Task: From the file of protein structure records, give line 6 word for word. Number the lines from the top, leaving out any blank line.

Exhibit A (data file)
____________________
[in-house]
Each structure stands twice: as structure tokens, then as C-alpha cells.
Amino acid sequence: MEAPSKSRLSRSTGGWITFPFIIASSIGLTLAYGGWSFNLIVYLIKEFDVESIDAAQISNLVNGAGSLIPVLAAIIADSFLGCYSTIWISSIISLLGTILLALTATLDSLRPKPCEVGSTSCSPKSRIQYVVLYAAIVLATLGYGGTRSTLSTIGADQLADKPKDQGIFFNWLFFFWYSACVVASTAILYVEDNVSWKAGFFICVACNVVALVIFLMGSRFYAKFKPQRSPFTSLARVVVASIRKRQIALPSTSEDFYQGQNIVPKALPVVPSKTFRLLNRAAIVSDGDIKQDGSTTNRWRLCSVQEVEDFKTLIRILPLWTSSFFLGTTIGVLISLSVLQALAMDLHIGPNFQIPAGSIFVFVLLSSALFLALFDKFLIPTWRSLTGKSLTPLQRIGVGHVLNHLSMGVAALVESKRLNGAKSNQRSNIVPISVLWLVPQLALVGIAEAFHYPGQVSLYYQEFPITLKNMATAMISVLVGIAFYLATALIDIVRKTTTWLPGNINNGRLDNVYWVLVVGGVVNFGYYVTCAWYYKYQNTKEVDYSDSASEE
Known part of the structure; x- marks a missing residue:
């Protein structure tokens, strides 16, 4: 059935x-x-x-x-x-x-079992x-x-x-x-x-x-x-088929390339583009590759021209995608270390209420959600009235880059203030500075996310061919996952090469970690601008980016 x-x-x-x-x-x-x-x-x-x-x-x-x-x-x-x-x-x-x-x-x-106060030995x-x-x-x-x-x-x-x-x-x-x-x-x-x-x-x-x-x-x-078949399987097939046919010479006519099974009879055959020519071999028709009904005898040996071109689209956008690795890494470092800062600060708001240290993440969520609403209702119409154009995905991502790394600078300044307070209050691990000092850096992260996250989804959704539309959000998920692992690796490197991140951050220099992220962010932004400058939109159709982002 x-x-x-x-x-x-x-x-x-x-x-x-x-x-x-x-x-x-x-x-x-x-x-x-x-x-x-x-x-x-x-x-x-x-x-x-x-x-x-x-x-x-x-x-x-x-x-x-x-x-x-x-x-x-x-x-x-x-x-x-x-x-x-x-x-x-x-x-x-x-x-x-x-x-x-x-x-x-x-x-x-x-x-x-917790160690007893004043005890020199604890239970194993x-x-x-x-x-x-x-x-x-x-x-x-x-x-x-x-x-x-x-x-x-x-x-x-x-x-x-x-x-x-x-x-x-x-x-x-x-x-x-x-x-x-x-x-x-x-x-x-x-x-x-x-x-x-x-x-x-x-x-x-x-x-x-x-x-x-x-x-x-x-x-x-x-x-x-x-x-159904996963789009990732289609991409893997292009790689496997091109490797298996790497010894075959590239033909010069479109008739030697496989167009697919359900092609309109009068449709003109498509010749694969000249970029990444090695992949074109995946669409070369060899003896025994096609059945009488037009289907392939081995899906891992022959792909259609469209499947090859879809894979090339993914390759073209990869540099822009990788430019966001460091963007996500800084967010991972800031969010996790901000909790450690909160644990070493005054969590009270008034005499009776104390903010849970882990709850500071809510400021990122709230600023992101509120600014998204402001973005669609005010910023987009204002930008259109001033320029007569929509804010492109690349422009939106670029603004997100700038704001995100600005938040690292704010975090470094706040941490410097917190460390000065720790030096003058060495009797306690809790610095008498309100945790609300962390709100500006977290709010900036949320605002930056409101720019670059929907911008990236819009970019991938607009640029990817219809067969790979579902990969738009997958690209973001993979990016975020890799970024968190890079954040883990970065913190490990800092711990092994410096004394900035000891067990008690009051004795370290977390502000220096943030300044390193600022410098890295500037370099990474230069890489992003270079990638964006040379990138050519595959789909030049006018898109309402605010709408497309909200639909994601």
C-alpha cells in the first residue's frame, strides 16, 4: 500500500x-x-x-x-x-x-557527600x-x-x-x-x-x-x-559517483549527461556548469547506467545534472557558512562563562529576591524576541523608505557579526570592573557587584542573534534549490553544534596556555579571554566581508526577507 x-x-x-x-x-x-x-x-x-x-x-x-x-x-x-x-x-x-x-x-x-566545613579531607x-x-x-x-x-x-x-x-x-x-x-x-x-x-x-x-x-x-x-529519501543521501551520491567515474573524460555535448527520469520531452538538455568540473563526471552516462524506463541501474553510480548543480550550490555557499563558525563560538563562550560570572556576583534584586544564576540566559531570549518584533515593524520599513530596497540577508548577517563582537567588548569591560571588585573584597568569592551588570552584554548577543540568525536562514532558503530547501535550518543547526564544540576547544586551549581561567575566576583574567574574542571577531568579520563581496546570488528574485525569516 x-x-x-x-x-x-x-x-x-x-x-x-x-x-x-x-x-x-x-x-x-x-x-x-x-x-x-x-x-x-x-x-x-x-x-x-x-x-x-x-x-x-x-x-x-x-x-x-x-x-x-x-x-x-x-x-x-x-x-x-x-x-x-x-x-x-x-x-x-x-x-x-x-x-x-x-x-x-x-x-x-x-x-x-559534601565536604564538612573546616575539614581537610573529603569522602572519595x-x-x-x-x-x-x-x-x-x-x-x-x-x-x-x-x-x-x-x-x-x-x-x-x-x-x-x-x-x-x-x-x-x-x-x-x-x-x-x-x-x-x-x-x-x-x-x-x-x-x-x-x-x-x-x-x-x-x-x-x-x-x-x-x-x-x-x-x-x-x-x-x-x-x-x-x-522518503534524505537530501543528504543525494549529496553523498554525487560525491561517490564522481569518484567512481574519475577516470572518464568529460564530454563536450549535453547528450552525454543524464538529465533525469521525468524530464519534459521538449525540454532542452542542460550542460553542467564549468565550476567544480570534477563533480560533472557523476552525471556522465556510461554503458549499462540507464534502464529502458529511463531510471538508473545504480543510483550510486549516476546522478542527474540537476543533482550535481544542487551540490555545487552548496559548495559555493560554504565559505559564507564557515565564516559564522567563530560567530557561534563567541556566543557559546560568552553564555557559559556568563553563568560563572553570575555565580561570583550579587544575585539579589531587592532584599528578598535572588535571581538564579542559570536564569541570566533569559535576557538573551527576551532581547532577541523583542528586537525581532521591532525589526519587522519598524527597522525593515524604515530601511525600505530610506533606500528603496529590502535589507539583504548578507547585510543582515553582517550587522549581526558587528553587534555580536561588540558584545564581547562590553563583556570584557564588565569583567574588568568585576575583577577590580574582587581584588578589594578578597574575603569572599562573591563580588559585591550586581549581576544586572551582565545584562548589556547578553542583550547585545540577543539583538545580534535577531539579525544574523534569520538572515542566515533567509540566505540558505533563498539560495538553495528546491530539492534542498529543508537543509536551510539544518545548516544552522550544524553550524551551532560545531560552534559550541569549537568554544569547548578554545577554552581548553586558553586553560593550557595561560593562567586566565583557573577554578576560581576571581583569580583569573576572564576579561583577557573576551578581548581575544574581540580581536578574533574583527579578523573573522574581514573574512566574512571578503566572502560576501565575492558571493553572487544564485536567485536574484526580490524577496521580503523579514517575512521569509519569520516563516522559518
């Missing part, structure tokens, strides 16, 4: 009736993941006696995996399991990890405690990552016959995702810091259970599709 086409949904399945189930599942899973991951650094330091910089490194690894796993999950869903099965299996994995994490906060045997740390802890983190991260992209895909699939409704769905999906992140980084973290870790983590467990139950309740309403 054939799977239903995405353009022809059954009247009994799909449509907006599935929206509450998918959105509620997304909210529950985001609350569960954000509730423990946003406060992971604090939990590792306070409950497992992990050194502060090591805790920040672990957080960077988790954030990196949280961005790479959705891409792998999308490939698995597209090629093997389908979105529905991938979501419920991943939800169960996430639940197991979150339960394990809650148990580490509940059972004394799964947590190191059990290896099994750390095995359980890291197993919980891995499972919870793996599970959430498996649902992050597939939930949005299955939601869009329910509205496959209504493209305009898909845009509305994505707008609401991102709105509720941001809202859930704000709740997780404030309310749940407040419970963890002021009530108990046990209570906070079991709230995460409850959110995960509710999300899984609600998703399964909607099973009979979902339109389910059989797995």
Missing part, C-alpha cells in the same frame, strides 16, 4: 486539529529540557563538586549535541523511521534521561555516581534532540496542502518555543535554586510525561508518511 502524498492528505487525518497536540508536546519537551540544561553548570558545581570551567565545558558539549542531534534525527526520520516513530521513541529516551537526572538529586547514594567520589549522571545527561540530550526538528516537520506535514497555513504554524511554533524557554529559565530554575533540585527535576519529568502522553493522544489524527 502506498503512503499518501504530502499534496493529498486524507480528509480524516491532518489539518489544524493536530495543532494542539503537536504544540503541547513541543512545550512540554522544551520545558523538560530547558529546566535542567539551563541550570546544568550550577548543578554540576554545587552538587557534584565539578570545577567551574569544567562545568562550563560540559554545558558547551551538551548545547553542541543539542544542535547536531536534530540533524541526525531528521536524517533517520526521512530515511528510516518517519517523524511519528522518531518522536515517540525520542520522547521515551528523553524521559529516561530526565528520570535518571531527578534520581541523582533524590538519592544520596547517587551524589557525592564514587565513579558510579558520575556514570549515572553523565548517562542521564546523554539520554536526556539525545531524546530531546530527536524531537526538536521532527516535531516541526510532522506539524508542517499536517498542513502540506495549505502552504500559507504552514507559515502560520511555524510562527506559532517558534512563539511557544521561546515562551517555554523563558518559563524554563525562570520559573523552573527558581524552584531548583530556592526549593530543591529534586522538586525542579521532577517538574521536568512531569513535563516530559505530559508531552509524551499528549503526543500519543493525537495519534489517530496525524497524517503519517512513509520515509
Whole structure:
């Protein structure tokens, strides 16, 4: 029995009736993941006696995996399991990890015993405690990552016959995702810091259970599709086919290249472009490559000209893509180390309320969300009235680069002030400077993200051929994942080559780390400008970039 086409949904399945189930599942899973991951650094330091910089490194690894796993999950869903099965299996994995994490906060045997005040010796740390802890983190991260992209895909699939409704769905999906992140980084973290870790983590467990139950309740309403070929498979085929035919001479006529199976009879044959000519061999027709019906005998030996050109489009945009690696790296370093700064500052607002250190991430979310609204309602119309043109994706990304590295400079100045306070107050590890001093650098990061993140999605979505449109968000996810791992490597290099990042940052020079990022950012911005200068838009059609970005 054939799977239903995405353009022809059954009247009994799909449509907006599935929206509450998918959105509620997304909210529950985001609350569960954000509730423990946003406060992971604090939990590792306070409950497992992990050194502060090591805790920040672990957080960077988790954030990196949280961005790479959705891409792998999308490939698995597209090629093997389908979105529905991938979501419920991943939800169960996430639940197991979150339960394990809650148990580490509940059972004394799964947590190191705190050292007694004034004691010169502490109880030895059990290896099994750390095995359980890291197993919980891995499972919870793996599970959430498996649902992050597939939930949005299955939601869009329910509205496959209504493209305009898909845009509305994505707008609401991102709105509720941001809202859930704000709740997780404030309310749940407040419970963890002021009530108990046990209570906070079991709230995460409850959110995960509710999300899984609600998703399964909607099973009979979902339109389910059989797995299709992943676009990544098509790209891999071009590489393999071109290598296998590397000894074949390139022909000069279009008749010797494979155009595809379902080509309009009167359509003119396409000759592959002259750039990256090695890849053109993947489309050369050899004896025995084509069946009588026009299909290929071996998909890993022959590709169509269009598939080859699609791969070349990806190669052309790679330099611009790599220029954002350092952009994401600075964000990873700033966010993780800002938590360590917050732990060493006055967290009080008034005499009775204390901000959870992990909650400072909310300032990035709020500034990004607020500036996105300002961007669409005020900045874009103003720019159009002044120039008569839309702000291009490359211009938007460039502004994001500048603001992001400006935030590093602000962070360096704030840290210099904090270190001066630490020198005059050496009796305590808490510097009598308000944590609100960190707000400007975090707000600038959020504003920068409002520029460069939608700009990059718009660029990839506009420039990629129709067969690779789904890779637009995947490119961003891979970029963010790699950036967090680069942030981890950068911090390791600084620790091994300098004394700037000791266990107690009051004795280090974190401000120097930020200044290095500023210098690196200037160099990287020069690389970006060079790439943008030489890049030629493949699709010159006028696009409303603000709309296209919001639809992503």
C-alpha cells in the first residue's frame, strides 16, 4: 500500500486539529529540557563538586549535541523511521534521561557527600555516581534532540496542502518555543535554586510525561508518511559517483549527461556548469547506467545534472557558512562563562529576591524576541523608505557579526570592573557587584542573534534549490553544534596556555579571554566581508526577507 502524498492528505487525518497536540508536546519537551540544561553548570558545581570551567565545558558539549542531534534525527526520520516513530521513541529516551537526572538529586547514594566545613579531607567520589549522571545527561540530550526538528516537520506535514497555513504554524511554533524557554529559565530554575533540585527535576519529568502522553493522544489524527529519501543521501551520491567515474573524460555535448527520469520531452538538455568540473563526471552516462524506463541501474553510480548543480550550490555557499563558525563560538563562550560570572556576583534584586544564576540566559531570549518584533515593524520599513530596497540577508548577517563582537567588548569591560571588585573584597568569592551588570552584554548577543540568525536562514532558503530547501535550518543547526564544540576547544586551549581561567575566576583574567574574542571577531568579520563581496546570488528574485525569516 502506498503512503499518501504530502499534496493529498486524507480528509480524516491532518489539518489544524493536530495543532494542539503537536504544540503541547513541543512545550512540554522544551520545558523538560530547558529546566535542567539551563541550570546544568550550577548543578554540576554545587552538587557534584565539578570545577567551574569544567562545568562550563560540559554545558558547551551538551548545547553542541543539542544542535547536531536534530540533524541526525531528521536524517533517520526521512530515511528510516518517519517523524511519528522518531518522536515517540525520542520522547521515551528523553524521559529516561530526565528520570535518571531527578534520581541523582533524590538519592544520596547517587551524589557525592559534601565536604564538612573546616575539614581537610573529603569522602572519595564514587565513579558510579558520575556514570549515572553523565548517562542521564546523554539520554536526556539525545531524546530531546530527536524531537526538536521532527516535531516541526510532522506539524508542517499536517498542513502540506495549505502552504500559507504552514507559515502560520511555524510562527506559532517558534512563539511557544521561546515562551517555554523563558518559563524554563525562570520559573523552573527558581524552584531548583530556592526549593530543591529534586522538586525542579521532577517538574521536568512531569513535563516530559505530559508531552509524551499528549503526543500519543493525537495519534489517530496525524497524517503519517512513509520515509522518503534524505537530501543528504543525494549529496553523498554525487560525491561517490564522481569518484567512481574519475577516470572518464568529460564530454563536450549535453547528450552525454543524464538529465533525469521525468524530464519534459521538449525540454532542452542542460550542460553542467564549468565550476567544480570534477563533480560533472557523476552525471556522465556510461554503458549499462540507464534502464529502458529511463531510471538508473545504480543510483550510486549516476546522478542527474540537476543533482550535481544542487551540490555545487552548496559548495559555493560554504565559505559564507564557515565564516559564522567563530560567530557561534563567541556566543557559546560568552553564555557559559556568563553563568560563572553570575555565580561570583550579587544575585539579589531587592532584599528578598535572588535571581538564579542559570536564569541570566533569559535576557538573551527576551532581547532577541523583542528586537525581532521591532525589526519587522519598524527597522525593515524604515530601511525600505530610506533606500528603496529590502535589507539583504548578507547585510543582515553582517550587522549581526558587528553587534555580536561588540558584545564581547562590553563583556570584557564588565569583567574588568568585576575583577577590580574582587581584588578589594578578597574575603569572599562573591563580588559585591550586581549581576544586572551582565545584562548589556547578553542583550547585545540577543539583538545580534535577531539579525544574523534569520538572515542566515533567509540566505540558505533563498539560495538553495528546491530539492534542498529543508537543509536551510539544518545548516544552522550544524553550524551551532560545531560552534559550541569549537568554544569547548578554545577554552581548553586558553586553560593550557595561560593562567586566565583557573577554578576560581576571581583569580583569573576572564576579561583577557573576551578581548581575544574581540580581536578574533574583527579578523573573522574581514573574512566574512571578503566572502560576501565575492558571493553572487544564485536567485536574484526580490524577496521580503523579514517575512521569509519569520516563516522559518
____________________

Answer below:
C-alpha cells in the first residue's frame, strides 16, 4: 500500500x-x-x-x-x-x-557527600x-x-x-x-x-x-x-559517483549527461556548469547506467545534472557558512562563562529576591524576541523608505557579526570592573557587584542573534534549490553544534596556555579571554566581508526577507 x-x-x-x-x-x-x-x-x-x-x-x-x-x-x-x-x-x-x-x-x-566545613579531607x-x-x-x-x-x-x-x-x-x-x-x-x-x-x-x-x-x-x-529519501543521501551520491567515474573524460555535448527520469520531452538538455568540473563526471552516462524506463541501474553510480548543480550550490555557499563558525563560538563562550560570572556576583534584586544564576540566559531570549518584533515593524520599513530596497540577508548577517563582537567588548569591560571588585573584597568569592551588570552584554548577543540568525536562514532558503530547501535550518543547526564544540576547544586551549581561567575566576583574567574574542571577531568579520563581496546570488528574485525569516 x-x-x-x-x-x-x-x-x-x-x-x-x-x-x-x-x-x-x-x-x-x-x-x-x-x-x-x-x-x-x-x-x-x-x-x-x-x-x-x-x-x-x-x-x-x-x-x-x-x-x-x-x-x-x-x-x-x-x-x-x-x-x-x-x-x-x-x-x-x-x-x-x-x-x-x-x-x-x-x-x-x-x-x-559534601565536604564538612573546616575539614581537610573529603569522602572519595x-x-x-x-x-x-x-x-x-x-x-x-x-x-x-x-x-x-x-x-x-x-x-x-x-x-x-x-x-x-x-x-x-x-x-x-x-x-x-x-x-x-x-x-x-x-x-x-x-x-x-x-x-x-x-x-x-x-x-x-x-x-x-x-x-x-x-x-x-x-x-x-x-x-x-x-x-522518503534524505537530501543528504543525494549529496553523498554525487560525491561517490564522481569518484567512481574519475577516470572518464568529460564530454563536450549535453547528450552525454543524464538529465533525469521525468524530464519534459521538449525540454532542452542542460550542460553542467564549468565550476567544480570534477563533480560533472557523476552525471556522465556510461554503458549499462540507464534502464529502458529511463531510471538508473545504480543510483550510486549516476546522478542527474540537476543533482550535481544542487551540490555545487552548496559548495559555493560554504565559505559564507564557515565564516559564522567563530560567530557561534563567541556566543557559546560568552553564555557559559556568563553563568560563572553570575555565580561570583550579587544575585539579589531587592532584599528578598535572588535571581538564579542559570536564569541570566533569559535576557538573551527576551532581547532577541523583542528586537525581532521591532525589526519587522519598524527597522525593515524604515530601511525600505530610506533606500528603496529590502535589507539583504548578507547585510543582515553582517550587522549581526558587528553587534555580536561588540558584545564581547562590553563583556570584557564588565569583567574588568568585576575583577577590580574582587581584588578589594578578597574575603569572599562573591563580588559585591550586581549581576544586572551582565545584562548589556547578553542583550547585545540577543539583538545580534535577531539579525544574523534569520538572515542566515533567509540566505540558505533563498539560495538553495528546491530539492534542498529543508537543509536551510539544518545548516544552522550544524553550524551551532560545531560552534559550541569549537568554544569547548578554545577554552581548553586558553586553560593550557595561560593562567586566565583557573577554578576560581576571581583569580583569573576572564576579561583577557573576551578581548581575544574581540580581536578574533574583527579578523573573522574581514573574512566574512571578503566572502560576501565575492558571493553572487544564485536567485536574484526580490524577496521580503523579514517575512521569509519569520516563516522559518